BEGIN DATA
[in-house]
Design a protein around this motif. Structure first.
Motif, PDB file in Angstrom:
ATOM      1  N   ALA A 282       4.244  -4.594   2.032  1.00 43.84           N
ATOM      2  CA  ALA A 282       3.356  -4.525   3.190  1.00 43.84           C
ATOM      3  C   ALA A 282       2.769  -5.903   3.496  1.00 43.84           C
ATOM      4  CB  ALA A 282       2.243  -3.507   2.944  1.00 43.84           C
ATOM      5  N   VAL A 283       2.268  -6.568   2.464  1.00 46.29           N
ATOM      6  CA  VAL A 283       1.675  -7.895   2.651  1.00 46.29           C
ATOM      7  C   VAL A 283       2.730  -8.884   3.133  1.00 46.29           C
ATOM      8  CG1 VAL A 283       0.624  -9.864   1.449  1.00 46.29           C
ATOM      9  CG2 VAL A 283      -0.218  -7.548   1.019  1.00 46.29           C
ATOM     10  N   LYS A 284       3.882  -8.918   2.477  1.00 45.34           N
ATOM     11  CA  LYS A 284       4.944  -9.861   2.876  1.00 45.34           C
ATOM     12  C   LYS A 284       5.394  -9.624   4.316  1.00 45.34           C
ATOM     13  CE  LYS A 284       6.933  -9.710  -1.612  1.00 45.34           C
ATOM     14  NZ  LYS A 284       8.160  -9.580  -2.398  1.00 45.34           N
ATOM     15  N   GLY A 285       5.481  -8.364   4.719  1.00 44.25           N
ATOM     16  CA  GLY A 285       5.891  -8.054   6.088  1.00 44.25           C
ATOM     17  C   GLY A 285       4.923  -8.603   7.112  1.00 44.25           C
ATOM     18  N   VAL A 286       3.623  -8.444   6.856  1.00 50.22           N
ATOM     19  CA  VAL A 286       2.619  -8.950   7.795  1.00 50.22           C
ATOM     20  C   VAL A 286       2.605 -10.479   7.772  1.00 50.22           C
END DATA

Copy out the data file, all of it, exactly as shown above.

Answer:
[in-house]
Design a protein around this motif. Structure first.
Motif, PDB file in Angstrom:
ATOM      1  N   ALA A 282       4.244  -4.594   2.032  1.00 43.84           N
ATOM      2  CA  ALA A 282       3.356  -4.525   3.190  1.00 43.84           C
ATOM      3  C   ALA A 282       2.769  -5.903   3.496  1.00 43.84           C
ATOM      4  CB  ALA A 282       2.243  -3.507   2.944  1.00 43.84           C
ATOM      5  N   VAL A 283       2.268  -6.568   2.464  1.00 46.29           N
ATOM      6  CA  VAL A 283       1.675  -7.895   2.651  1.00 46.29           C
ATOM      7  C   VAL A 283       2.730  -8.884   3.133  1.00 46.29           C
ATOM      8  CG1 VAL A 283       0.624  -9.864   1.449  1.00 46.29           C
ATOM      9  CG2 VAL A 283      -0.218  -7.548   1.019  1.00 46.29           C
ATOM     10  N   LYS A 284       3.882  -8.918   2.477  1.00 45.34           N
ATOM     11  CA  LYS A 284       4.944  -9.861   2.876  1.00 45.34           C
ATOM     12  C   LYS A 284       5.394  -9.624   4.316  1.00 45.34           C
ATOM     13  CE  LYS A 284       6.933  -9.710  -1.612  1.00 45.34           C
ATOM     14  NZ  LYS A 284       8.160  -9.580  -2.398  1.00 45.34           N
ATOM     15  N   GLY A 285       5.481  -8.364   4.719  1.00 44.25           N
ATOM     16  CA  GLY A 285       5.891  -8.054   6.088  1.00 44.25           C
ATOM     17  C   GLY A 285       4.923  -8.603   7.112  1.00 44.25           C
ATOM     18  N   VAL A 286       3.623  -8.444   6.856  1.00 50.22           N
ATOM     19  CA  VAL A 286       2.619  -8.950   7.795  1.00 50.22           C
ATOM     20  C   VAL A 286       2.605 -10.479   7.772  1.00 50.22           C